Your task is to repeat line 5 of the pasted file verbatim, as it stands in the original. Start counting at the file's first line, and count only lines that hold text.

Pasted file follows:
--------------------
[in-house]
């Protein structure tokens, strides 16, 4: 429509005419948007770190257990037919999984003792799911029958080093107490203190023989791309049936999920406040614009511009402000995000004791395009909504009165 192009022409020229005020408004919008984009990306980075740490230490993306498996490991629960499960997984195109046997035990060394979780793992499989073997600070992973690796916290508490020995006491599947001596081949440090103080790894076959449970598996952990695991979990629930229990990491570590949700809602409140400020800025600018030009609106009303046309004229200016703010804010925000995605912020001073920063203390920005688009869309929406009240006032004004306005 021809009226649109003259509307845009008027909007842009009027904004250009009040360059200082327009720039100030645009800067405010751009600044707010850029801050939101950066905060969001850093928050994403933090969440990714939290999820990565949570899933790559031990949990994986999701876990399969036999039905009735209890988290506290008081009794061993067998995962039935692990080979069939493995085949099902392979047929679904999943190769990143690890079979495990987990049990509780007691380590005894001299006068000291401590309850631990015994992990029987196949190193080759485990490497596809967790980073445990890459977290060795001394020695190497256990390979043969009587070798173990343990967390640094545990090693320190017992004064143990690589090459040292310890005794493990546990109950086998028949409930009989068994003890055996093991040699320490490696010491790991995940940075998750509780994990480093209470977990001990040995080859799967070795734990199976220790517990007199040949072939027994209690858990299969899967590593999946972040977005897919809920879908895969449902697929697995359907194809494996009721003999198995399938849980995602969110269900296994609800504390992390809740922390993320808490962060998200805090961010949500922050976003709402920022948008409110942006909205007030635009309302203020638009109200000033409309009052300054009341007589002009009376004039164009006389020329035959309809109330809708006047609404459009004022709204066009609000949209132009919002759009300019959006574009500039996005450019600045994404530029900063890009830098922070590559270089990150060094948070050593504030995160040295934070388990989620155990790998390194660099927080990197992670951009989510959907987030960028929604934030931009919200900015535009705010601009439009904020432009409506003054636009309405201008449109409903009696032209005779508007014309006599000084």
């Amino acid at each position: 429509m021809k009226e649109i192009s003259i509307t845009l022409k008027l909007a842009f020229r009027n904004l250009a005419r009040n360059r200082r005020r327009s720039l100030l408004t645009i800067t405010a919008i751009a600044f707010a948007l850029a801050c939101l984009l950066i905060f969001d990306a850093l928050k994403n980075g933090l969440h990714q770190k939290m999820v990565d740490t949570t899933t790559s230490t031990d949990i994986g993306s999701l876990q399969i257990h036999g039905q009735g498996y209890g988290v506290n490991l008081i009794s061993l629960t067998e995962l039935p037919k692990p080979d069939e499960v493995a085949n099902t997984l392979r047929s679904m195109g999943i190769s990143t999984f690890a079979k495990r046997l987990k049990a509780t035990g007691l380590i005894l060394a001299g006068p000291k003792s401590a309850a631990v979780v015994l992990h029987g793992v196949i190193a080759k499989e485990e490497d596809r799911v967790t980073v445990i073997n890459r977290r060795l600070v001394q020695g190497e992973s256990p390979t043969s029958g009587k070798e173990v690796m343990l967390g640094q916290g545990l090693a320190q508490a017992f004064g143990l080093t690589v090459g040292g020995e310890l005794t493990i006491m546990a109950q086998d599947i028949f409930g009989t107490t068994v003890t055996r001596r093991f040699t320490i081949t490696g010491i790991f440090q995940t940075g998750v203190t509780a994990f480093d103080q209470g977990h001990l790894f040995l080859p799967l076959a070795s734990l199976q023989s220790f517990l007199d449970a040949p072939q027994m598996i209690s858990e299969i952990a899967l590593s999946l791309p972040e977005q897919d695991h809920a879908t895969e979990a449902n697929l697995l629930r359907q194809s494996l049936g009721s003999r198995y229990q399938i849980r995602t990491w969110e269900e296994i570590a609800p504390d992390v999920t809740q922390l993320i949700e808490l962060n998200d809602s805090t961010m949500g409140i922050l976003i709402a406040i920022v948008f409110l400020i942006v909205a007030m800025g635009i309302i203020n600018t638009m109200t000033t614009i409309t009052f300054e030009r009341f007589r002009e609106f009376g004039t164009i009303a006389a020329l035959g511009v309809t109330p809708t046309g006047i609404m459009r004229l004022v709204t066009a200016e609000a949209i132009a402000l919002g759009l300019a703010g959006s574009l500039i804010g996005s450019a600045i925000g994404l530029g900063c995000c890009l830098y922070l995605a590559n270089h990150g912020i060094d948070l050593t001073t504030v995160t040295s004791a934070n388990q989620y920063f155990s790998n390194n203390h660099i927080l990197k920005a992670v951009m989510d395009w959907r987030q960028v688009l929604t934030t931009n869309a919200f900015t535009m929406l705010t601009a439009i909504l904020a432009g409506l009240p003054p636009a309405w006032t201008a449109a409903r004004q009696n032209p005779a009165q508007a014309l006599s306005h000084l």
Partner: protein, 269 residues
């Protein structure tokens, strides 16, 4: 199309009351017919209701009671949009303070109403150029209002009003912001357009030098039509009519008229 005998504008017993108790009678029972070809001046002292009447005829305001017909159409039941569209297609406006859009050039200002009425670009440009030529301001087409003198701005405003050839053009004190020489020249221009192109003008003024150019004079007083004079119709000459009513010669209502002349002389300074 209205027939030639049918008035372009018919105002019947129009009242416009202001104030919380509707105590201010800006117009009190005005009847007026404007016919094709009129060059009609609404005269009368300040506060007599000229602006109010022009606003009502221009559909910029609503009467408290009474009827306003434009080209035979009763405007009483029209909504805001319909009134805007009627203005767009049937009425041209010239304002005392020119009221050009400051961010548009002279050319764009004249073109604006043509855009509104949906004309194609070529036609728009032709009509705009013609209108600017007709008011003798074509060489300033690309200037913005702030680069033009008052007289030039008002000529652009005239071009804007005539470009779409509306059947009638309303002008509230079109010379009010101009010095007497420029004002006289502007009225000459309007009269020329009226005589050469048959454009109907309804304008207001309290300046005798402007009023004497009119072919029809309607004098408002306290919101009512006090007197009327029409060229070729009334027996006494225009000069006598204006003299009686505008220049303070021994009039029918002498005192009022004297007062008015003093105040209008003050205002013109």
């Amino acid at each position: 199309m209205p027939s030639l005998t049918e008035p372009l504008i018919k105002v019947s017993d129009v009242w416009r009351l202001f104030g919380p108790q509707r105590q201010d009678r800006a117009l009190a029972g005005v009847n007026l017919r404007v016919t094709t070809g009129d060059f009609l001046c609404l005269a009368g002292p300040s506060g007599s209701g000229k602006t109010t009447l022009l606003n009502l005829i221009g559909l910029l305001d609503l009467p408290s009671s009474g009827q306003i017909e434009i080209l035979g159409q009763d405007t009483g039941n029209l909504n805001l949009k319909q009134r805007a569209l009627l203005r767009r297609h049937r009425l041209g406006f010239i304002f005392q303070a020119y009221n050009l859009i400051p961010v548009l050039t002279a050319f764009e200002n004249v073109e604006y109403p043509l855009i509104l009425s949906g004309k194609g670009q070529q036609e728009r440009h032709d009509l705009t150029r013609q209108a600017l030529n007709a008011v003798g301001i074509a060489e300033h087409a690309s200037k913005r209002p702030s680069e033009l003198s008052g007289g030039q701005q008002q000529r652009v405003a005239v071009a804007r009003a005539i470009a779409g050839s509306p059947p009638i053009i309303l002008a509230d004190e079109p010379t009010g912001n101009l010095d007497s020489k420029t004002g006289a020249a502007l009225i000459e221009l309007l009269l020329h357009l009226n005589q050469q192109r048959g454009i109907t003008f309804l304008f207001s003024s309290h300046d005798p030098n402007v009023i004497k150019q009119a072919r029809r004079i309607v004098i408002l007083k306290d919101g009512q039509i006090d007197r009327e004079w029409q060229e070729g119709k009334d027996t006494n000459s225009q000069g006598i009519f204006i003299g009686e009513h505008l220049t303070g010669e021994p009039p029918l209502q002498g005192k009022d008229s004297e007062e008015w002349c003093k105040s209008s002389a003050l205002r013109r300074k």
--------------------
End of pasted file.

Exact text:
């Protein structure tokens, strides 16, 4: 199309009351017919209701009671949009303070109403150029209002009003912001357009030098039509009519008229 005998504008017993108790009678029972070809001046002292009447005829305001017909159409039941569209297609406006859009050039200002009425670009440009030529301001087409003198701005405003050839053009004190020489020249221009192109003008003024150019004079007083004079119709000459009513010669209502002349002389300074 209205027939030639049918008035372009018919105002019947129009009242416009202001104030919380509707105590201010800006117009009190005005009847007026404007016919094709009129060059009609609404005269009368300040506060007599000229602006109010022009606003009502221009559909910029609503009467408290009474009827306003434009080209035979009763405007009483029209909504805001319909009134805007009627203005767009049937009425041209010239304002005392020119009221050009400051961010548009002279050319764009004249073109604006043509855009509104949906004309194609070529036609728009032709009509705009013609209108600017007709008011003798074509060489300033690309200037913005702030680069033009008052007289030039008002000529652009005239071009804007005539470009779409509306059947009638309303002008509230079109010379009010101009010095007497420029004002006289502007009225000459309007009269020329009226005589050469048959454009109907309804304008207001309290300046005798402007009023004497009119072919029809309607004098408002306290919101009512006090007197009327029409060229070729009334027996006494225009000069006598204006003299009686505008220049303070021994009039029918002498005192009022004297007062008015003093105040209008003050205002013109």